Friday, May 14, 2010

Andy Timmons: The Tone King

I remember the first time I heard of this guy was watching the Ibanez 90th anniversary show which also featured Paul Gilbert and Steve Vai. At one point, PG and AT were taking terms jamming over a blues based rock song called Red Rooster, and the solo Andy dished out was just out of this world. (

The phrasing was so unique and new to me my jaw dropped for while. I remember rewinding to that section just for that solo multiple times. So from there, I started to listen to songs he had written. I played his "That was then, this is now" album front and back that I got my roommate at the time (Antonio) interested in his stuff.

There's something very distinct about his tone, his style. The guy isn't a super control-oriented guitarist like Steve Vai is, but a more feel-my-way-through-the-melody type of guitar player. He doesn't pick every note but instead slides around the neck to hit notes, vibratos in and out of licks, and bends to notes you really don't expect. Every song he has that has him going into a solo, he never makes it sound like it's planned. It almost sounds like he improvised everything on the spot. Kinda like this: (This was a one take, semi-improvised track that ended up on his CD)

I really can't put my finger on what his style is. The rock aspect is obviously there, but he also adds a little bit of jazz fusion into his playing. The outcome is song after song of tireless music that is always inspiring.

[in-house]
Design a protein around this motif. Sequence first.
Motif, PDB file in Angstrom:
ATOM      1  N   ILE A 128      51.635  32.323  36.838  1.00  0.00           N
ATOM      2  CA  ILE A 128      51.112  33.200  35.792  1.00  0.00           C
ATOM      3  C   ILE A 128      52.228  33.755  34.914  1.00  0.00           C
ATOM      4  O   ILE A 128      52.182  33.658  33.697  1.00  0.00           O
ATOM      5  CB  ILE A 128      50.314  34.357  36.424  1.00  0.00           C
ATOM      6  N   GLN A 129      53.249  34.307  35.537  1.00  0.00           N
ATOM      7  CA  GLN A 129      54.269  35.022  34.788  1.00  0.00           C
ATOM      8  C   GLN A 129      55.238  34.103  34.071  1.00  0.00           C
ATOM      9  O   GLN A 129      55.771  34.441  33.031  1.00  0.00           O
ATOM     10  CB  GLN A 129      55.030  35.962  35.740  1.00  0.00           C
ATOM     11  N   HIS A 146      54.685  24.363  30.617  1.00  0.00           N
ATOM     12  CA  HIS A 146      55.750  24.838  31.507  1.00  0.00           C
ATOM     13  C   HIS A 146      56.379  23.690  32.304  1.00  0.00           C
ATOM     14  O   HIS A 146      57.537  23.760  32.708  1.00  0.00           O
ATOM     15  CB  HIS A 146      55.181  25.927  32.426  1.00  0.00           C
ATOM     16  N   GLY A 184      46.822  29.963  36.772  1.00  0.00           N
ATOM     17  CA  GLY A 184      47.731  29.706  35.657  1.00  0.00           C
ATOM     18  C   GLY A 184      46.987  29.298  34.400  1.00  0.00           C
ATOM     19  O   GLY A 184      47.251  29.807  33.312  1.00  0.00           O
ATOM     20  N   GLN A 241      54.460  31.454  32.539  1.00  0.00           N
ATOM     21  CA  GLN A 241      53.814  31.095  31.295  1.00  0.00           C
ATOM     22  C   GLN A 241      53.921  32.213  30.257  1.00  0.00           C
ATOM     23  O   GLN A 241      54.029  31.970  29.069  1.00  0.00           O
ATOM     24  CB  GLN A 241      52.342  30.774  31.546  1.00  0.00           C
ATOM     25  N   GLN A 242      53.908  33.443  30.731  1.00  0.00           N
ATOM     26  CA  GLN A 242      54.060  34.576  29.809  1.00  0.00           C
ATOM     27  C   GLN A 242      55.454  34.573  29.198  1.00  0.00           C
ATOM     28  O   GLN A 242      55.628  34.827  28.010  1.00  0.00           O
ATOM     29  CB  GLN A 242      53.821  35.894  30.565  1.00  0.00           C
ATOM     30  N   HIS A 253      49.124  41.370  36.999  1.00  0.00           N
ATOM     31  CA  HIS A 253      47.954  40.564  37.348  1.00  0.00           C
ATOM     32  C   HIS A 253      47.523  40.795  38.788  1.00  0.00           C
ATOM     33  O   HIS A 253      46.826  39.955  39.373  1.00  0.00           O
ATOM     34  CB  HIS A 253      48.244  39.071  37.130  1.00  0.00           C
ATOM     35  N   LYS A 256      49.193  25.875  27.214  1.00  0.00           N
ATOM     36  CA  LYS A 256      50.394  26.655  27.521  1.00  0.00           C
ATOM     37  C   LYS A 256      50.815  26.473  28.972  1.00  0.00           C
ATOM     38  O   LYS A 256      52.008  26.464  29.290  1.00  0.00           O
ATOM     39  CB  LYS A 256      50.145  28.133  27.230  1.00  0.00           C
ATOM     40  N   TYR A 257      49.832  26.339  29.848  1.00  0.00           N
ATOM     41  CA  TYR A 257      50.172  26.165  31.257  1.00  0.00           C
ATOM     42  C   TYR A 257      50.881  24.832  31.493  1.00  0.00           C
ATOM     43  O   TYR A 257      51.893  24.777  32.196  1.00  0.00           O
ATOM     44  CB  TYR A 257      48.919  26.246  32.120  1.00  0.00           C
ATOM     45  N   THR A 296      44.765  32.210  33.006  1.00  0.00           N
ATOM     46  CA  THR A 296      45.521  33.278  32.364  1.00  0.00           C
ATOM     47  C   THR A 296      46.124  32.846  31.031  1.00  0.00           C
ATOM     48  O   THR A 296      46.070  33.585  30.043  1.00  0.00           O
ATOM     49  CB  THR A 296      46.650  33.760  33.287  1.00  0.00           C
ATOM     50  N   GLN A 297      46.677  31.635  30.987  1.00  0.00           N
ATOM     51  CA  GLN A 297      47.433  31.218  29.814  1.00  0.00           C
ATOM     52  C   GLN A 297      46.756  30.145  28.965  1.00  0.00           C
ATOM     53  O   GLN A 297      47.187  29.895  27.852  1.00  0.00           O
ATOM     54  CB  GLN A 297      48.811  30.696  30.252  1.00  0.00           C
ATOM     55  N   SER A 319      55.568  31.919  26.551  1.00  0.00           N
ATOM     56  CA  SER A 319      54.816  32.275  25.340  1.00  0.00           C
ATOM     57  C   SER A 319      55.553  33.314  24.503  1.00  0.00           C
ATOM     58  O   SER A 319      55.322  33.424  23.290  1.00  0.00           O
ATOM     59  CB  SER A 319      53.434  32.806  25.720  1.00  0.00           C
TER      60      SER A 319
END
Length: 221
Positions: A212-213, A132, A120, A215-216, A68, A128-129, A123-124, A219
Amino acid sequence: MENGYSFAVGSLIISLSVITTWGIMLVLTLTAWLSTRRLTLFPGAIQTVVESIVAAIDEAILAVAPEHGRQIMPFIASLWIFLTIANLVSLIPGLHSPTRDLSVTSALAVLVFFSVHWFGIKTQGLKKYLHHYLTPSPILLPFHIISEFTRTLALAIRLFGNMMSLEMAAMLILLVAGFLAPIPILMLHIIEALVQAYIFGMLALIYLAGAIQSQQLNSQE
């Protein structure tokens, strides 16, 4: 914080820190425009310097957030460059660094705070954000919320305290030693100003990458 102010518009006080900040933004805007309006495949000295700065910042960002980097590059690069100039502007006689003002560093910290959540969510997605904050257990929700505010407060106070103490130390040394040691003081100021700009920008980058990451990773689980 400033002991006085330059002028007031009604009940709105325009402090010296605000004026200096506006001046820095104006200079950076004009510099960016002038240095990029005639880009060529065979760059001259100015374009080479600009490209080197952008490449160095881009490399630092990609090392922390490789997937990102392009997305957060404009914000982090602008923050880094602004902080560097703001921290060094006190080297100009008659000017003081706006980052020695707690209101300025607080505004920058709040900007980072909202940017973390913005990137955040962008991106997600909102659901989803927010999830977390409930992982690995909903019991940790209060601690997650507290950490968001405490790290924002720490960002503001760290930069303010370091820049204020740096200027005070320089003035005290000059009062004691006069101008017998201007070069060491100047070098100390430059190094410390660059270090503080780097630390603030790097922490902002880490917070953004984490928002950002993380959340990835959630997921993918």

His sound on the other hand, is very similar to what John Mayer has. At least since the resolution album. Very bottom heavy, bright but not ear piercing highs, and very strat-inspired sounds. It has less "twang" than a classic strat tone though. His gear isn't overly complex. A few compressors, delay units, a Ibanez TS909, BB preamp, all into either the mesa lonestar or the stiletto.

From listening to a lot of his songs, he really loves to play with the delays. A double delay with different settings that give it a space-ish dreamy clean tone is what I hear on a lot of his slower songs. On his more rock-ish tunes he has the drive channel engaged on lead and boosts with the TS909, then uses compressor peddles to keep it from going over the top. So all in all, some 4~5 analogue peddles is all he really uses. He plays a Ibanez AT100/300 guitar, which is basically a ibanez-strat in many ways. Although, the AT300 features a less popular mahogany body which gives it a darker sound compared to the Alder bodied, maple neck of the AT100 in my opinion.
------GEAR TALK ENDS------

His stuff you should check out:
September -
This never made it on a CD, but is a great song nonetheless

Cry For you -
This is to Andy Timmons like what "For the love of god" is to Steve Vai. His signature song.

Pink Champagne Sparkle -
A track I personally like a lot. He changed a few things for this live performance. I personally like the CD version better though.

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